Robert's Reviews > Frankenstein

Frankenstein by Mary Wollstonecraft Shelley
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it was amazing

I read Frankenstein when I was 16 years old and it just made my jaw drop. I had never read anything like that before. Here was a novel that starts with a letter, which morphs into a flashback that takes up half the book and then just gets insanely better as the book shifts to present day.

Everyone knows this story. Dr. Frankenstein wants to play God by creating a human out of dead body parts and his experiment is a success.Sort of. The thing is Frankenstein's monster (aka the creature) is ugly and Frankenstein runs away.

It turns out that all the creature wants is companionship and he tries to look for it. Unfortunately it only leads to death so he returns to Frankenstein demanding a wife, which does not work out either. By the end of the book Frankentstein dies and the creature overcome with guilt and sorrow plans to commit suicide - at least that's what us readers are told.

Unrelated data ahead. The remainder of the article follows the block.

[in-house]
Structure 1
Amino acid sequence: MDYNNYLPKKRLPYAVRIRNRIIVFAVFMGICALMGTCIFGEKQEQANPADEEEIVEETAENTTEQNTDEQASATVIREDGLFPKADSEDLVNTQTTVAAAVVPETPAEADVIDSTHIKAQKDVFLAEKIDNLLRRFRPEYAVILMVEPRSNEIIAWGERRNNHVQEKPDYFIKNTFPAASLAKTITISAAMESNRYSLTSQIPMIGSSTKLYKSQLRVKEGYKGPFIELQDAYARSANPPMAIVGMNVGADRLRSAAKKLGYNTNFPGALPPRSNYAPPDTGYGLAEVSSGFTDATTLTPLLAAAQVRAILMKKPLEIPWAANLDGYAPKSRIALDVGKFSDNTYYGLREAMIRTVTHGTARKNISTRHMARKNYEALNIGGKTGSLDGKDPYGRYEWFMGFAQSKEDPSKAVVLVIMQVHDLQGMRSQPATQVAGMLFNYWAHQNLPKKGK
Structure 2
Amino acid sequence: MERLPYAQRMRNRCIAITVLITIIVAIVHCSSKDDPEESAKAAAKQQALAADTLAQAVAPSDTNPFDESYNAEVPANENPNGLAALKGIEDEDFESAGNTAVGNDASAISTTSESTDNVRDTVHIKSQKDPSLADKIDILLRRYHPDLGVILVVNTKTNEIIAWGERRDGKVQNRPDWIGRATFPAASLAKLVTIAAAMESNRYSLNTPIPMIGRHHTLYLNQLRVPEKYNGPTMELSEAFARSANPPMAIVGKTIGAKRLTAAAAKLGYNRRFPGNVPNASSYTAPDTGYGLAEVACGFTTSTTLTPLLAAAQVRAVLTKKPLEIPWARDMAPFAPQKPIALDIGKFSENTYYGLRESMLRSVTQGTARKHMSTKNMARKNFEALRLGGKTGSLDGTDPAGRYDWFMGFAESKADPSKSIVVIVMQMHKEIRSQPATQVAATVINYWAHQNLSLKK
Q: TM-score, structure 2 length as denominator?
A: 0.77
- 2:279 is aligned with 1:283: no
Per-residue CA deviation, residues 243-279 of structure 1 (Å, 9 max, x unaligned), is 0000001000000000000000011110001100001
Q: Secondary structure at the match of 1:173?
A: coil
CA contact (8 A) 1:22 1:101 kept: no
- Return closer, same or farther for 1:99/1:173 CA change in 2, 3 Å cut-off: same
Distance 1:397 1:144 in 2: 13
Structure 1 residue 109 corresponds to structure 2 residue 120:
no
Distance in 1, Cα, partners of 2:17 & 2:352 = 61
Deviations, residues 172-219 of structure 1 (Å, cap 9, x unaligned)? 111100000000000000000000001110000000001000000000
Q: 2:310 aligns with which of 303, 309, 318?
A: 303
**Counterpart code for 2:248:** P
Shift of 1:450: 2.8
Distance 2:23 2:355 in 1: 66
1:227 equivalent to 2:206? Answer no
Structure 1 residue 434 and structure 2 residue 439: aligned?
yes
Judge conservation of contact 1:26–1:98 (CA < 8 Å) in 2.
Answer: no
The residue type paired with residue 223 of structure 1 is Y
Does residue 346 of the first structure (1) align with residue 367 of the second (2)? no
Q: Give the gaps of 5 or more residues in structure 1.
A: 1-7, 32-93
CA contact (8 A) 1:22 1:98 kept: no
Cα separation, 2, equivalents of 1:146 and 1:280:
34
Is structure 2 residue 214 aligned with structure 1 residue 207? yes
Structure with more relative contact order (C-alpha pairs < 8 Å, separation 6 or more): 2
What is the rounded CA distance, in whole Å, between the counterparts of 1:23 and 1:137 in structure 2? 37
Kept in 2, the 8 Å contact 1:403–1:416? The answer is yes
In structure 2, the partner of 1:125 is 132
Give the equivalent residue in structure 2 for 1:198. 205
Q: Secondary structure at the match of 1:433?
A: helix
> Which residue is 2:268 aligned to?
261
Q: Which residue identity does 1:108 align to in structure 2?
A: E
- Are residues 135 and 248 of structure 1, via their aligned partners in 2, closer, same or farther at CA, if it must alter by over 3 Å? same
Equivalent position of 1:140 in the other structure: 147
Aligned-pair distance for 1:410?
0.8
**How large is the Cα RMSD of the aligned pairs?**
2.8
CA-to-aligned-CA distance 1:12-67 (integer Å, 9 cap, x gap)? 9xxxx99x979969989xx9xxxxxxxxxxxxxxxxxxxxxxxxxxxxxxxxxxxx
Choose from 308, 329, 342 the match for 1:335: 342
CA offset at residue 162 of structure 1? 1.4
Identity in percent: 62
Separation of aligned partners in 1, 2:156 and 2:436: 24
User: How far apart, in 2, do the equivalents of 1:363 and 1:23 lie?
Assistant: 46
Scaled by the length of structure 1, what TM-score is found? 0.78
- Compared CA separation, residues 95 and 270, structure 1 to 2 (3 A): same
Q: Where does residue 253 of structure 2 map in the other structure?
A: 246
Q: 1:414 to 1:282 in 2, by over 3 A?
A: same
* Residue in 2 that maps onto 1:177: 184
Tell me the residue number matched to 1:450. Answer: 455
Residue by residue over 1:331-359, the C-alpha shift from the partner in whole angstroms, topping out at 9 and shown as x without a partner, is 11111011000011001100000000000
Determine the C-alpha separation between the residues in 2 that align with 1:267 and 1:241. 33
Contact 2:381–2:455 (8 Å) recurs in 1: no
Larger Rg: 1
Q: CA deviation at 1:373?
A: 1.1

I guess my take on this is 'do not tamper with nature' or everyone needs lovebut what amazes me is that way the book is structured. Thinking about it where there books in 1818 which used clever time hopping techniques? they they have monsters as complex as the creature or have such an ambiguous ending? Way ahead of its time.
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Finished Reading
September 16, 2009 – Shelved

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Teodor And every time I re-read it -- which is quite often -- I'm struck by how all the 'hopping' in the narrative serves a clear purpose, usually a thematic one. The Walton letter, for example, sets up all the themes in the book from the get go, even if it may seem like a digressive way to start (liberal use of the term 'digression' there but screw it). That kind of control of the imagination is all the more impressive given that Mary was 19 when she wrote it. Or it could be one of those amazing once-in-a-century things where it was actually spontaneous and just clicked into place. But somehow, I doubt it.

Robert Bronte's Wuthering Heights is another novel with avant garde time shifting techniques (and was published 28 years later after Frankenstein) which I admire. Although Wuthering Heights was serialized so maybe Bronte didn't have a plan and was seeing how to stretch the story (just a theory and probably an incorrect one)

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